People in churches rarely believe in God.
Does that surprise you?
People in a church believe in a church, that is obvious. But God? Well, there is God involved, but only as a decoration. The church is all about staying together and feeling good.
How about Jesus?
Jesus is fine, but he is not really necessary. In fact, Jesus is a bit embarrassing one, with those weird sandals and all. But it's OK, because Jesus in a church is only theory. It's something to talk about, something to feel good, nothing more. It's safe. And like most things safe: it's dead.
Most of the church members don't really care if Jesus really lived or not. It's not like he's part of the everyday life, is he? So the church loving crowd may believe in Jesus or they may believe in COVID. They will wear a cross or wear a mask. It makes absolutely no difference as long as they all stay together and keep the unity.
There was a pastor, who left a church. He wrote about it: "I wanted to be a part of something that accepts everyone for who they are".
Listen, Mr Pastor. If you want to be a part of something that accepts everyone for who they are, you become a communist. Or sell toilets. Both deal with shit, but toilets do not lie, terrorize and kill. So I recommend toilets. In fact, you become whatever you want, there are lots of excellent choices.
But for things like that, you do not become a Christian! Because a Christian, by definition, is someone who follows Christ.
He who follows the Christ is focused on God, communicates with God and has experienced God. Not God's love, but God's actions. Not in his heart, but in his life. For a Christian, his God is not a declaration or decoration. His God is real.
But here we have a pastor who leaves his church after 13 years. He writes all about it. He tells us why he did it. But in his story not even once he refers to Jesus or God. Ok, the story is about church and himself, but how is it possible that God is not involved at all?
You would think that a church is about believing in God and following Jesus Christ, after all. And you would be wrong.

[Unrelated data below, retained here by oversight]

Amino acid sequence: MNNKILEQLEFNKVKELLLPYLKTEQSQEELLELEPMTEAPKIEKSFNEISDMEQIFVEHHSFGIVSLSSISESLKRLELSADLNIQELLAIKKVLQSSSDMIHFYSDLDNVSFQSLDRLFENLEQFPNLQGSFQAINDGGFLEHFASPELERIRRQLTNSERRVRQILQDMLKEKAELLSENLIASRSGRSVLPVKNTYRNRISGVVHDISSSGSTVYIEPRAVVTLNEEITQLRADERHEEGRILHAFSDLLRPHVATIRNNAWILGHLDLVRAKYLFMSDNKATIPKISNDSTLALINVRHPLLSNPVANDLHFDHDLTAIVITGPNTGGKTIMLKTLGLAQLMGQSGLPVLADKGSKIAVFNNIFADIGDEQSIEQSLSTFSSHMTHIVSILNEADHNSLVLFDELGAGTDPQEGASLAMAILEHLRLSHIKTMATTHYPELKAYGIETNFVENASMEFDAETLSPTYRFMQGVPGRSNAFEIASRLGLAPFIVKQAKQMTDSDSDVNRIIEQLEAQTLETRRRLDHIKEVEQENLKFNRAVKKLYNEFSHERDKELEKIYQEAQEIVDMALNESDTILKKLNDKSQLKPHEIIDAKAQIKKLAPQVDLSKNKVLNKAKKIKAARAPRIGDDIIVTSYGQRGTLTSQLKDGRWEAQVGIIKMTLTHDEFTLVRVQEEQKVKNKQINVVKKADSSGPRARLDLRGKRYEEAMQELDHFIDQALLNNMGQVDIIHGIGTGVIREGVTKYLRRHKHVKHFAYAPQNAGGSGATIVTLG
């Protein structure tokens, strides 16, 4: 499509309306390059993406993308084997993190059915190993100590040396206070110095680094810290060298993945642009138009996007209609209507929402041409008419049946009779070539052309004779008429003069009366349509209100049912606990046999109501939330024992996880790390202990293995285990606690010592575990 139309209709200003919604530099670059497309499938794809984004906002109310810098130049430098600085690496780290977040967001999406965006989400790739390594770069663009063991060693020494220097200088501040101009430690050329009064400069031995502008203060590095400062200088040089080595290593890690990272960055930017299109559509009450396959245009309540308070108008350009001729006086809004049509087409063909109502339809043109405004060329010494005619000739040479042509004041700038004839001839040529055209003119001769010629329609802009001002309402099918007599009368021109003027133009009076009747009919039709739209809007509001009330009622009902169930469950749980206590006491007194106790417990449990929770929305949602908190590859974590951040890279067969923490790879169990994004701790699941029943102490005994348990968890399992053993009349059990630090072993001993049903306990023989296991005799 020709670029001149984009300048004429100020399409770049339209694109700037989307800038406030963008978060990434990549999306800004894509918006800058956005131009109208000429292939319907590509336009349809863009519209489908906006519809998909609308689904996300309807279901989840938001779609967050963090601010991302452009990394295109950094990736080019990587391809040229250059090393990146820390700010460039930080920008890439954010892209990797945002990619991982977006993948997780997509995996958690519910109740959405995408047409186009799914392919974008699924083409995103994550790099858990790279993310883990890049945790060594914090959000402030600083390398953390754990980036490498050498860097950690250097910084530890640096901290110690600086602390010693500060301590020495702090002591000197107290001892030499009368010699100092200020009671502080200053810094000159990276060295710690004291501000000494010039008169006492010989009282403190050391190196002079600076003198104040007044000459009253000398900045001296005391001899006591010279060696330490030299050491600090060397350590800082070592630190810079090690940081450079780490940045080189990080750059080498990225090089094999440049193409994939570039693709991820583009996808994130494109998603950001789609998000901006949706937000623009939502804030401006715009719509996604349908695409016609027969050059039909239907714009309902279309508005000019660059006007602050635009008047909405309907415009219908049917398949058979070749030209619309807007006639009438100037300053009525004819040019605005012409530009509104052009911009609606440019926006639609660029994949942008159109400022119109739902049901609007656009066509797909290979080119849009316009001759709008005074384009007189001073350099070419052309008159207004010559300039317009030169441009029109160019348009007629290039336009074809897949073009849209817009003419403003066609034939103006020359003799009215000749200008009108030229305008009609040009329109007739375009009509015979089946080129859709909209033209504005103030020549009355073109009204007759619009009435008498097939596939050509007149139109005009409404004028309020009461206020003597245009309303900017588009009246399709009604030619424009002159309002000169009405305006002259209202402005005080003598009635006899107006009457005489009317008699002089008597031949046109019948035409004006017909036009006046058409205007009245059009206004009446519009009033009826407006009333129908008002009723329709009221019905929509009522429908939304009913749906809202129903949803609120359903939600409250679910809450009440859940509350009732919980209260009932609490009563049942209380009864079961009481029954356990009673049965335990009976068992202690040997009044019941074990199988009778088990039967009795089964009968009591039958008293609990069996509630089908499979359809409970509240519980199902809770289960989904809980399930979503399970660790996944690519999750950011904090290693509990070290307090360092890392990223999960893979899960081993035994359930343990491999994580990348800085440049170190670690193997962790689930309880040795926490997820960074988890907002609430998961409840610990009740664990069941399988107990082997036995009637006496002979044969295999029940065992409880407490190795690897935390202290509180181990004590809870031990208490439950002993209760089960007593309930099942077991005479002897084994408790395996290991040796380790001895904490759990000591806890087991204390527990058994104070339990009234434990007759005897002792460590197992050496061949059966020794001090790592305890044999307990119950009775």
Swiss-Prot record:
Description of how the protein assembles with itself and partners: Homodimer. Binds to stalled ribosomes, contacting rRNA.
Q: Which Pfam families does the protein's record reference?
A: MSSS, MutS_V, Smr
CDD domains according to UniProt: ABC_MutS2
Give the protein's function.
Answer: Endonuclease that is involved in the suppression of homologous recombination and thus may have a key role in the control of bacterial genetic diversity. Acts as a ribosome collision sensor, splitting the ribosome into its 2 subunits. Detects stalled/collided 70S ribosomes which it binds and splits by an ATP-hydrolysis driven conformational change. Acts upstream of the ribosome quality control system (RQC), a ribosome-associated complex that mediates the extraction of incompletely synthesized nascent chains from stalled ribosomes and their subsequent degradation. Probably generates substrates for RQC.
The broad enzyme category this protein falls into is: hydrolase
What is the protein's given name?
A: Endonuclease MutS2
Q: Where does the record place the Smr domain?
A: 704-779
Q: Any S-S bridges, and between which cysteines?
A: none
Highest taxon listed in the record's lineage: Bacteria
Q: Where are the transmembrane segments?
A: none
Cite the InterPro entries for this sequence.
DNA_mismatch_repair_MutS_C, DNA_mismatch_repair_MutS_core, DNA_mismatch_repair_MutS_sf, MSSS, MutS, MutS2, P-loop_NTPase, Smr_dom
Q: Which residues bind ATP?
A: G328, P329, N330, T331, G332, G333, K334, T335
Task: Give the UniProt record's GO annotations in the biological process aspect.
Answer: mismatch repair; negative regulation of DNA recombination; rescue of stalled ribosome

The only reference to God in "I Used To Be a Pastor" text is the phrase "God's love". God's love was what he preached all those years, God's love was the reason he was active in a church.
But consider this: there are over two hundred names of God in the Bible. If someone cares only about one of those and ignores everything else, how well does he really know God? Does he care for him or for the good things he can get from him for free?
Imagine a wife who loves his husband dearly and lives in his house for 13 years. Finally, the wife says she doesn't want to be a wife any more and leaves the house. She says she can do the same things she does elsewhere. And she doesn't really need this house.
Ok, but what about the husband? I don't know. She doesn't say anything about him. It seems she doesn't even know his name. She was too busy thinking about his stuff.
What would you say about such wife?
There is a name for a woman who doesn't care about her man, only about his house and his money. Is there a name for a man who doesn't care about God, only his love and his good stuff?
If you are trying to get some personal experience with God, do yourself a favor and avoid churches. Churches, especially those in Western Europe and USA, are not to be mistaken for anything, but the clubs for selfish people who want to feel good about themselves by showing off how nice they are. Don't count on them to tell you anything real about God. Don't count on them if you are in real trouble and need way more than a smile and a prayer.
It sounds awful. And it is awful.
A former landlord in England told me once why he avoids churches. He didn't like them. He said: "churches are were full of people who are better than you".
Jesus in the Bible never acted this way, so it's safe to assume that those people must be followers of someone else. Who? I really don't know. Probably some communist. Or a toilet seller. Or someone on TV. Or a government, since they are so eager to keep the distance and wear masks those days.
Or someone who accepts people for who they are and makes everybody feel good. Definitely not someone who dies naked as a criminal. Not some revolutionist who ignites conflicts, challenges people and occasionally insults some hypocrites.
My guess is that if Jesus came to a standard English, German or American church right now, nobody would recognize him. And if he tried to talk the way he talked in the Bible, a pastor would kick him out in a second. Because the real Jesus is honest and rough. He doesn't sell things to you with a smile. He expects things from you. He makes you go to places. He wants you to do things you are not comfortable with.
And his agenda is way more complex than God's love and universal acceptance.
Which might be good news for all those pastors who leave churches. Because you know what? In all probability, you were never even Christians. You were playing ones. You have learnt all the moves, I'm sure. But playing Counter-Strike does not make you a soldier. If it comes to real God, most pastors I know just don't have a clue what they are talking about. It just like a sort of game for them, where everybody pretends to believe. But give him a simple virus and so much for trust for God. All surrender and cower with a mask on their faces afraid to even sing "how great is our God", because it might end with coughing. Christians scared shitless to die and go to heaven - that tells all you need to know about the strength of their faith.
So leaving a church might be an excellent opportunity to stop playing a Christian and start becoming one.
Try it. It's a completely different experience.